22. Dustmann C, van Soest A (1998a) Language and the Earnings of Immigrants. mimeo, University College London, SeptemberGoogle Scholar
  23. Dustmann C, van Soest A (1998b) Language Fluency and Earnings: Estimation With Misclassified Language Indicators. mimeo, University College London, OctoberGoogle Scholar
  24. Galor O, Stark O (1990) Migrants’ Savings, the Probability of Return Migration and Migrants’ Performance. International Economic Review 31:463–467CrossRefGoogle Scholar
  25. Gazioglu S (1996) English Language Proficiency and the Earnings of Turkish and Bangladeshi Immigrants in London. In: Gazioglu S (ed) Migrants in the European Labour Market, J-Net, AberdeenGoogle Scholar
  26. Harmon C, Walker I (1995) Estimates of the Economic Return to Schooling for the United Kingdom. American Economic Review 85:1278–1286Google Scholar
  27. Harmon C, Walker I (1999) The Marginal and Average Returns to Schooling in the UK. European Economic Review 43:879–887CrossRefGoogle Scholar
  28. Harper B, Haq M (1997) Occupational Attainment of Men in Britain. Oxford Economic Papers 47:638–650CrossRefGoogle Scholar
  29. Hatton TJ, Wheatley Price S (1999) Migration, Migrants and Policy in the United Kingdom. Institute for the Study of Labor (IZA) Discussion paper no. 81Google Scholar
  30. Heckman JJ (1997) Instrumental Variables: A Study of Implicit Behavioural Assumptions Used in Making Program Evaluations. Journal of Human Resources 32:441–462CrossRefGoogle Scholar
  31. Ichino A, Winter-Ebmer R (1999) Lower Bounds and Upper Bounds of Returns to Schooling: An Exercise in IV Estimation With Different Instruments. European Economic Review 43:889–901CrossRefGoogle Scholar
  32. McFadden D (1973) Conditional Logit Analysis of Qualitative Choice Behaviour. In: Zaremka P (ed) Frontiers in Econometrics. Academic Press, New YorkGoogle Scholar
  33. Merkle L, Zimmermann ZF (1992) Savings, Remittances and Return Migration. Economics Letters 38:77–81CrossRefGoogle Scholar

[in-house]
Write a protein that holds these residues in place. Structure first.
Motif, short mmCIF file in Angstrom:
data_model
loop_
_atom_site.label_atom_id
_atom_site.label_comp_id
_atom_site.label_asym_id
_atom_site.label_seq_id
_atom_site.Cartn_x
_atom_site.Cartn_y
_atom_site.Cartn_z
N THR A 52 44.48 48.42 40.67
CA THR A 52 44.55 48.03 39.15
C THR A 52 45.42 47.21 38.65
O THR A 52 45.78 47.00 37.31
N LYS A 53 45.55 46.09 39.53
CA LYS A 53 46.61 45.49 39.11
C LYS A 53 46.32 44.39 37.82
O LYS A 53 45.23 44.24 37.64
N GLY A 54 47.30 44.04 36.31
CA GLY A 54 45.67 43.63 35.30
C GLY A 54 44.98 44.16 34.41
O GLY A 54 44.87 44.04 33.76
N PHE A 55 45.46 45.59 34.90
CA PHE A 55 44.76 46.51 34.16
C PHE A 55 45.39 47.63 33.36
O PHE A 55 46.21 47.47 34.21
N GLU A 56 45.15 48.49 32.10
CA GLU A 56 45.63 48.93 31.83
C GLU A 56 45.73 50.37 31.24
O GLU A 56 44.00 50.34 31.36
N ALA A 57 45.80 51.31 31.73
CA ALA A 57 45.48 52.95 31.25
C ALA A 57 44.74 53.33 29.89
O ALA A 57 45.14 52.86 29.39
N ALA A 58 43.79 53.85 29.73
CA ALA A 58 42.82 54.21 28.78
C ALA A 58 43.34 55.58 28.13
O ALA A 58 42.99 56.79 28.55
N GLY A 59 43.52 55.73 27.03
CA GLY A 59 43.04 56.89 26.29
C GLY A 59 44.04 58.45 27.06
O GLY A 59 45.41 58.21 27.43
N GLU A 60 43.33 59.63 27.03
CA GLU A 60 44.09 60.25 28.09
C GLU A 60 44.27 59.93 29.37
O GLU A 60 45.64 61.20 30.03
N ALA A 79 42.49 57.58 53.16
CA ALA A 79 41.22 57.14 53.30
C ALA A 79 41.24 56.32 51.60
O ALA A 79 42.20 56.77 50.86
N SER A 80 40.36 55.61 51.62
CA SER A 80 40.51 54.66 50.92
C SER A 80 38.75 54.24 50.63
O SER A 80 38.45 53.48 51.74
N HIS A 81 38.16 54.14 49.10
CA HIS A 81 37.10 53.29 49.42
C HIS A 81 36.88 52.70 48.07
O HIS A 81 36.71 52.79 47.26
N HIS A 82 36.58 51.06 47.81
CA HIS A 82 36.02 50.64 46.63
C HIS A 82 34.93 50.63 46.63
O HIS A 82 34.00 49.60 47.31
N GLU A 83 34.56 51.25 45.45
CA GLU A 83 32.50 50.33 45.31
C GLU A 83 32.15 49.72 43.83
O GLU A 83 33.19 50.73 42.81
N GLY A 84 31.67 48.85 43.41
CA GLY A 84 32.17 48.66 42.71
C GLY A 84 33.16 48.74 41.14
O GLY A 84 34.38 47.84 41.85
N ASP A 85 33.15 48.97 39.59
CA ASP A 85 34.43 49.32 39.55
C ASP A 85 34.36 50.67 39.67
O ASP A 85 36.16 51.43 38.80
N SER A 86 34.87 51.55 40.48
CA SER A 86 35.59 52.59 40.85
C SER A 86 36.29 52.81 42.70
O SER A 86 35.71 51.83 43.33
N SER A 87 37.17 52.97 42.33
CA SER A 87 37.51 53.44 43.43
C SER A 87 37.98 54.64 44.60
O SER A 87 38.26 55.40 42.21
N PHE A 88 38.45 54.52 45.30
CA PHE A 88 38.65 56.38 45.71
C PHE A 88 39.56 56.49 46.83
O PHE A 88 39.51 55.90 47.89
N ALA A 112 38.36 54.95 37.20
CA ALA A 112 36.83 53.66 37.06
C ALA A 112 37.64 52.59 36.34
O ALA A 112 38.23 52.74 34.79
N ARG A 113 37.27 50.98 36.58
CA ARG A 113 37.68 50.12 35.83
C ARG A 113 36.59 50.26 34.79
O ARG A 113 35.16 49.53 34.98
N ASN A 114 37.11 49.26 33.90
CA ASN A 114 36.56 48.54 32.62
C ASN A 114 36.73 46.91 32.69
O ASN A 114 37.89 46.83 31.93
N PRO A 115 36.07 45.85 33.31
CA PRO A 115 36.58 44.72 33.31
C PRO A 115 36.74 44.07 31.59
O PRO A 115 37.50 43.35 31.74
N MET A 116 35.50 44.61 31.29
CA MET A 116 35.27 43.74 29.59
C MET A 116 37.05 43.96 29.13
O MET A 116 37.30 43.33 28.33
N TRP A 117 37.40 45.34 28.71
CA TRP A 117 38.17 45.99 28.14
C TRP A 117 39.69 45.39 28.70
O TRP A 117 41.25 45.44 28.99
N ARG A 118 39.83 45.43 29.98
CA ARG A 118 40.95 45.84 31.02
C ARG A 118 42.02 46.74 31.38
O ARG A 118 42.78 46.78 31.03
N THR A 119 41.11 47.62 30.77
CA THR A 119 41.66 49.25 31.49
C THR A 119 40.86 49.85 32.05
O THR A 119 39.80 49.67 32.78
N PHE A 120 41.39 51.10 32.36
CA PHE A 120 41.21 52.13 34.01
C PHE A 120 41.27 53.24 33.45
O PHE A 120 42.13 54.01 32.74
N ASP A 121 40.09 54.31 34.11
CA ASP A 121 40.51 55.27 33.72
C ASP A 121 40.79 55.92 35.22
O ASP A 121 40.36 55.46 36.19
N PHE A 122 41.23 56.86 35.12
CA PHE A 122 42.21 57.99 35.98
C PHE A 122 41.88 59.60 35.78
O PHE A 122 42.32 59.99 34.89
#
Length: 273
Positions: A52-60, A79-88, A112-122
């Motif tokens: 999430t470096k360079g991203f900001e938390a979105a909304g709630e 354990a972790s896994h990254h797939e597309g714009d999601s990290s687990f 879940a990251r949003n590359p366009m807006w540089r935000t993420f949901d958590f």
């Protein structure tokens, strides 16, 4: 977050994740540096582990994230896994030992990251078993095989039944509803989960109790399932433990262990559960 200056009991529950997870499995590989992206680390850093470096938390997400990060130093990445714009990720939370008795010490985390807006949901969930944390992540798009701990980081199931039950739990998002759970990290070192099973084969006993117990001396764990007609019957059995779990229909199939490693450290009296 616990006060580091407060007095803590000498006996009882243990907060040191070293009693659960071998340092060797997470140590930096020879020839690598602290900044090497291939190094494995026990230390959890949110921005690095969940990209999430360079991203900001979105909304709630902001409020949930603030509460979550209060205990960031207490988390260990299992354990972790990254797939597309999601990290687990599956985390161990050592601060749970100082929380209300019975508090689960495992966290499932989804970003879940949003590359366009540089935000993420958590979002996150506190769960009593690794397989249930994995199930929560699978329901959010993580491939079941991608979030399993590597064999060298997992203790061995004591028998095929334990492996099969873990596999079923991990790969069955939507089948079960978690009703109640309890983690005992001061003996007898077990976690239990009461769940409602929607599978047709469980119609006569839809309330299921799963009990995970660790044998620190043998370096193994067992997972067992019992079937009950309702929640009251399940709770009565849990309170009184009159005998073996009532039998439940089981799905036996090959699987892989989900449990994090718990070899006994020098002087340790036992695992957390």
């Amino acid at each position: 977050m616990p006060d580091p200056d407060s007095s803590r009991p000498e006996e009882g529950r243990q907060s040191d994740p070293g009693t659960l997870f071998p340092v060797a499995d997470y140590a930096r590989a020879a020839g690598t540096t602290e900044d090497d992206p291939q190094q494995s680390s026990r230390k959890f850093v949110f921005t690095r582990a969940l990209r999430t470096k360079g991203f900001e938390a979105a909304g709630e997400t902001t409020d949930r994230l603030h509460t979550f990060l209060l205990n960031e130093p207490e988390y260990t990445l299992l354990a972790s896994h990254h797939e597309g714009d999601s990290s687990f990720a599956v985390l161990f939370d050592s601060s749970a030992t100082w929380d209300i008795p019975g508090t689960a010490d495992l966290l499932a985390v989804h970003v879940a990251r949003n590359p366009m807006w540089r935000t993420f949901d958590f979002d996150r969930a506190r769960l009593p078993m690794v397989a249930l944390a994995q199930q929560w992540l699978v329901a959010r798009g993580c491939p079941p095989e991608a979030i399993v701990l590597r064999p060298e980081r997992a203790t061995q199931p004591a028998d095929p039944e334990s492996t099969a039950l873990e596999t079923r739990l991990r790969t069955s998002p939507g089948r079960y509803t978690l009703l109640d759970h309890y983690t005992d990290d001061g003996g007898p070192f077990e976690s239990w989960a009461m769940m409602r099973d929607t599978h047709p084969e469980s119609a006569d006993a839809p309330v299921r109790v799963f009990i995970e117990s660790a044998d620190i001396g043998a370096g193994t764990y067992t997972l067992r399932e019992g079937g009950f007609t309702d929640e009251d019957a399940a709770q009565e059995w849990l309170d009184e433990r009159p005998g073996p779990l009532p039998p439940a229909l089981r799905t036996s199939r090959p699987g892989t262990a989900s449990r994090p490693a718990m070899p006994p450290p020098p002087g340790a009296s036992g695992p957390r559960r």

34. Modood T, Berthoud R et al. (1997) Ethnic Minorities in Britain. Policy Studies Institute, LondonGoogle Scholar
  35. Nickell SJ (1982) The Determinants of Occupational Success in Britain. Review of Economic Studies 49:43–53CrossRefGoogle Scholar
  36. Owen D (1992) Ethnic Minorities in Great Britain: Settlement Patterns. Centre for Research in Ethnic Relations, 1991 Census Statistical Paper No. 1, University of Warwick, NovemberGoogle Scholar
  37. Owen D (1993) Country of Birth: Settlement Patterns. Centre for Research in Ethnic Relations, 1991 Census Statistical Paper No. 5, University of Warwick. DecemberGoogle Scholar
  38. Pudney SE, Shields MA (2000) Gender, Race, Pay and Promotion in the British Nursing Profession: Estimation of a Generalised Ordered Probit Model. Journal of Applied Econometrics 15:367–399CrossRefGoogle Scholar
  39. Sargan JD (1964) Wages and Prices in the United Kingdom: A Study in Econometric Methodology. In: Hart PE, Mills G, Whitaker JK (eds.) Econometric Analysis for National Economic Planning. Butterworth, LondonGoogle Scholar
  40. Shields MA, Wheatley Price S (1998) The Earnings of Male Immigrants in England: Evidence from the Quarterly LFS. Applied Economics 30:1157–1168CrossRefGoogle Scholar
  41. Shields MA, Wheatley Price S (1999a) Ethnic Differences in British Employer-Funded on and Offthe-Job Training. Applied Economics Letters 6:421–429CrossRefGoogle Scholar
  42. Shields MA, Wheatley Price S (1999b) Ethnic Differences in the Incidence and Determinants of Employer-Funded Training in Britain. Scottish Journal of Political Economy 46:523–551CrossRefGoogle Scholar
  43. Staiger D, Stock Q (1997) Instrumental Variables Regression With Weak Instruments. Econometrica 65:557–586CrossRefGoogle Scholar
  44. Stewart MB (1983) Racial Discrimination and Occupational Attainment in Britain. Economic Journal 93:521–541CrossRefGoogle Scholar
  45. Veall MR, Zimmermann KF (1992) Pseudo-R2’s in the Ordinal Probit Model. Journal of Mathematical Sociology 16:332–342CrossRefGoogle Scholar
  46. Veall MR, Zimmermann KF (1996) Pseudo-R2 Measure for Some Common Limited Dependent Variable Models. Journal of Economic Surveys 10:241–259CrossRefGoogle Scholar
  47. Wheatley Price S (2001a) The Employment Adjustment of Male Immigrants in England. Journal of Population Economics 14:193–220CrossRefGoogle Scholar
  48. Wheatley Price S (2001b) The Unemployment Experience of Male Immigrants in England. Applied Economics 33:201–215CrossRefGoogle Scholar

Copyright information

© Springer-Verlag Berlin Heidelberg 2004

Authors and Affiliations

  • Michael A. Shields
    • 1
  • Stephen Wheatley Price
    • 1
  1. 1.Public Sector Economics Research Centre, Department of EconomicsUniversity of LeicesterLeicesterUK

Personalised recommendations